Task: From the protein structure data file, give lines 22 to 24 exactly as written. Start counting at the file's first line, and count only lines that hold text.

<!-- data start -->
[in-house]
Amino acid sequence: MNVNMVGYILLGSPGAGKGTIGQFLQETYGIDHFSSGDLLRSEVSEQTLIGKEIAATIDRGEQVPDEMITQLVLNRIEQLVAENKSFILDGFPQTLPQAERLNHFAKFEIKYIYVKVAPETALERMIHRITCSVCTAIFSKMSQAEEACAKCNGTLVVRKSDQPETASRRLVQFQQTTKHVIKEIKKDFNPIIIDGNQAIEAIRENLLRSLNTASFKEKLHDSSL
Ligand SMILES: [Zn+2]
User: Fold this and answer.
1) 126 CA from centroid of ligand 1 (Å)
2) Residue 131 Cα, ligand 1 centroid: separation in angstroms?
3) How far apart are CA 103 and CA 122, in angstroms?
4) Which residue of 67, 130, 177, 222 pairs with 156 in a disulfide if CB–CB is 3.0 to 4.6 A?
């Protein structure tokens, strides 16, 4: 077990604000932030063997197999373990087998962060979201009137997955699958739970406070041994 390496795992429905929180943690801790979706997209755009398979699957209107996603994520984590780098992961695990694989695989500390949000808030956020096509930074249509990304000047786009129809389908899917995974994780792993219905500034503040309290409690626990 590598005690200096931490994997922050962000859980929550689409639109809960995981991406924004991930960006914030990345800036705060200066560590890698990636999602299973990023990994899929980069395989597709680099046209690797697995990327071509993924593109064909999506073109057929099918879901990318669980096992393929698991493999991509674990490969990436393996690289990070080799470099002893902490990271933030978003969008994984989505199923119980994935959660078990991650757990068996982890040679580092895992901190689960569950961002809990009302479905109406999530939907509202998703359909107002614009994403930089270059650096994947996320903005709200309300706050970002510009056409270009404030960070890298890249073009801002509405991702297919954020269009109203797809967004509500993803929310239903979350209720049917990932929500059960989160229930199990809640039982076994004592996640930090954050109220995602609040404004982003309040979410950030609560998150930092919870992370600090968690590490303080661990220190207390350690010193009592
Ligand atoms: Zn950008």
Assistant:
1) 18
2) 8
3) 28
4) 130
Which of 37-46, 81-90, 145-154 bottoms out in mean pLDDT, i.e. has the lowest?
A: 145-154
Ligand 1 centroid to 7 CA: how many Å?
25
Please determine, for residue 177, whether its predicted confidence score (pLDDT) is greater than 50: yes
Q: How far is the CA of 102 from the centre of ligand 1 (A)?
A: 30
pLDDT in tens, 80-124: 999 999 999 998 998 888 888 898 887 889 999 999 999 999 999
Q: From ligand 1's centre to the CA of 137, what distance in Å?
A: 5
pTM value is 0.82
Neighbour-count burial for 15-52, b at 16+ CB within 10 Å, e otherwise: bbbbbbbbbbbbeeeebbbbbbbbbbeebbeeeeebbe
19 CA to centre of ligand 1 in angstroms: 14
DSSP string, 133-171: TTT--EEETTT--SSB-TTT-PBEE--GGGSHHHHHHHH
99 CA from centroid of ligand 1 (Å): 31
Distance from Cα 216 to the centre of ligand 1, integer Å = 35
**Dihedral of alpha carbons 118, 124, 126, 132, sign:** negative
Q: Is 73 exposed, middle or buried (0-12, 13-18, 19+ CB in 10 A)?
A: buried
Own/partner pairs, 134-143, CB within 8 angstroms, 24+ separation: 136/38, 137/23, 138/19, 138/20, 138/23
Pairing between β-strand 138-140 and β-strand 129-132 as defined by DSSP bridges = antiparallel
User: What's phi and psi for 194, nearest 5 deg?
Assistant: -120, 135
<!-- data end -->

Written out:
A: 30
pLDDT in tens, 80-124: 999 999 999 998 998 888 888 898 887 889 999 999 999 999 999
Q: From ligand 1's centre to the CA of 137, what distance in Å?